Liver transplantation is unique in that the risk of chronic rejection also decreases over time,although recipients need to take immunosuppresive medication for the rest of their lives.It is theorized that the liver may play a yet-unknown role in the maturation of certain cells pertaining to the immune system. There is at least one study by Dr. Starzl's team at the University of Pittsburgh which consisted of bone marrow biopsies taken from such patients which demonstrate genotypic chimerism in the bone marrow of liver transplant recipients.
Prognosis is quite good. 1-year survival (in Finland) is 83%, 5-year survival is 76% and 10-year survival is 66%. Majority of deaths happen during the first three months after transplantation.
Living donor transplantation
Living donor liver transplantation (LDLT) has emerged in recent decades as a critical surgical option for patients with end stage liver disease, such as cirrhosis and/or hepatocellular carcinoma often attributable to one or more of the following: long-term alcohol abuse, long-term untreated Hepatitis C infection, long-term untreated Hepatitis B infection. The concept of LDLT is based on (1) the remarkable regenerative capacities of the human liver and (2) the widespread shortage of cadaveric livers for patients awaiting transplant. In LDLT, a piece of healthy liver is surgically removed from a living person and transplanted into a recipient, immediately after the recipient’s diseased liver has been entirely removed.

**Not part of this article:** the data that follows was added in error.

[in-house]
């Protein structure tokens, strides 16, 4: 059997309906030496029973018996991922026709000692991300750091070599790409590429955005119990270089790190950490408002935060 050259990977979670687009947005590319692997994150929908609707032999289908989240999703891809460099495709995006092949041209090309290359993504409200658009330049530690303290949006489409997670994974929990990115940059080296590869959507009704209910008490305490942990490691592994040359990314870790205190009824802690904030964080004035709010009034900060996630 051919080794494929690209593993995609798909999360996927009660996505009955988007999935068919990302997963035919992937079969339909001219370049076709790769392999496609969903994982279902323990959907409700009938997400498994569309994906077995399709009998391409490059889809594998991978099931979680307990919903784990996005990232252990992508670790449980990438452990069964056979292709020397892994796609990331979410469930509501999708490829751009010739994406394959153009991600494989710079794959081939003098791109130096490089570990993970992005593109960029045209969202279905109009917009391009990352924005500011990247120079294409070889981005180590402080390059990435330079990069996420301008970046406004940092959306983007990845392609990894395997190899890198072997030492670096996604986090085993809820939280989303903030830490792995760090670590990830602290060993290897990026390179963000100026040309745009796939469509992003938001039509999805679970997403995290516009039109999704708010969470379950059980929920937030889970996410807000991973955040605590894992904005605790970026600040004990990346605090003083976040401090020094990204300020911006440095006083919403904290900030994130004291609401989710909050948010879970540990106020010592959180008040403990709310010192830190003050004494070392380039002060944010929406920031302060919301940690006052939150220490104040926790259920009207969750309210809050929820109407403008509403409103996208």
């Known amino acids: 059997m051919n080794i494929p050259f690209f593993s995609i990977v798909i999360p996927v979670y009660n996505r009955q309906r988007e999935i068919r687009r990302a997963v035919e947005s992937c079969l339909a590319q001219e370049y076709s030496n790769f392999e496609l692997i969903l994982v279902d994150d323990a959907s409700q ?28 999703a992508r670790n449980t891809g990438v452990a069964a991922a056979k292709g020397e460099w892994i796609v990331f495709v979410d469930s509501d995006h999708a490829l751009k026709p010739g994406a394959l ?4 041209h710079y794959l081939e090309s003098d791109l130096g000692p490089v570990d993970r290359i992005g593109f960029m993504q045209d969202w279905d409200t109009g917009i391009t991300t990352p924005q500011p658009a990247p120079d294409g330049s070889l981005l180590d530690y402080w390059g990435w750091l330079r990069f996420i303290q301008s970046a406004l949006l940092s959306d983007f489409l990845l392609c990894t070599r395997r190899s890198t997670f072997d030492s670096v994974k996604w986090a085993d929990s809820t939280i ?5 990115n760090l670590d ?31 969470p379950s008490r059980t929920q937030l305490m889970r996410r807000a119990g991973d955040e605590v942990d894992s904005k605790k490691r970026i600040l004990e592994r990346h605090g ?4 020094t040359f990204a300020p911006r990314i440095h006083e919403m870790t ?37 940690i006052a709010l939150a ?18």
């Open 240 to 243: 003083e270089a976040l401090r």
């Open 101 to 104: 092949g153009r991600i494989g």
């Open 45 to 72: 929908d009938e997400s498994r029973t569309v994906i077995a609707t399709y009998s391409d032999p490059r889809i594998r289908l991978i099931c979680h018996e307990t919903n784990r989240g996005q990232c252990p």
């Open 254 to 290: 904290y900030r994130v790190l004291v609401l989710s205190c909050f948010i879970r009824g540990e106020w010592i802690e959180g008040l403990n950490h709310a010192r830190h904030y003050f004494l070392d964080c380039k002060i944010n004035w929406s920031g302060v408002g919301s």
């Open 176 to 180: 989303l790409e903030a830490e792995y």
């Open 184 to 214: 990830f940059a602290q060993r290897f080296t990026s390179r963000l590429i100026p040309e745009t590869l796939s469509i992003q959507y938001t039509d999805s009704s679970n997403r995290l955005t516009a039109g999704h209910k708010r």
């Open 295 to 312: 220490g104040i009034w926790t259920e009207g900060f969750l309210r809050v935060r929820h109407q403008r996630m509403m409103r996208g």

Historically, LDLT began as a means for parents of children with severe liver disease to donate a portion of their healthy liver to replace their child's entire damaged liver. The first report of successful LDLT was by Dr. Silvano Raia at the Universidade de São Paulo (USP) Medical School in 1986. Surgeons eventually realized that adult-to-adult LDLT was also possible, and now the practice is common in a few reputable medical institutes. It is considered more technically demanding than even standard, cadaveric donor liver transplantation, and also poses the ethical problems underlying the indication of a major surgical operation (hepatectomy) on a healthy human being.
|This article is licensed under the GNU Free Documentation License. It uses material from the Wikipedia article "Liver_transplantation". A list of authors is available in Wikipedia.|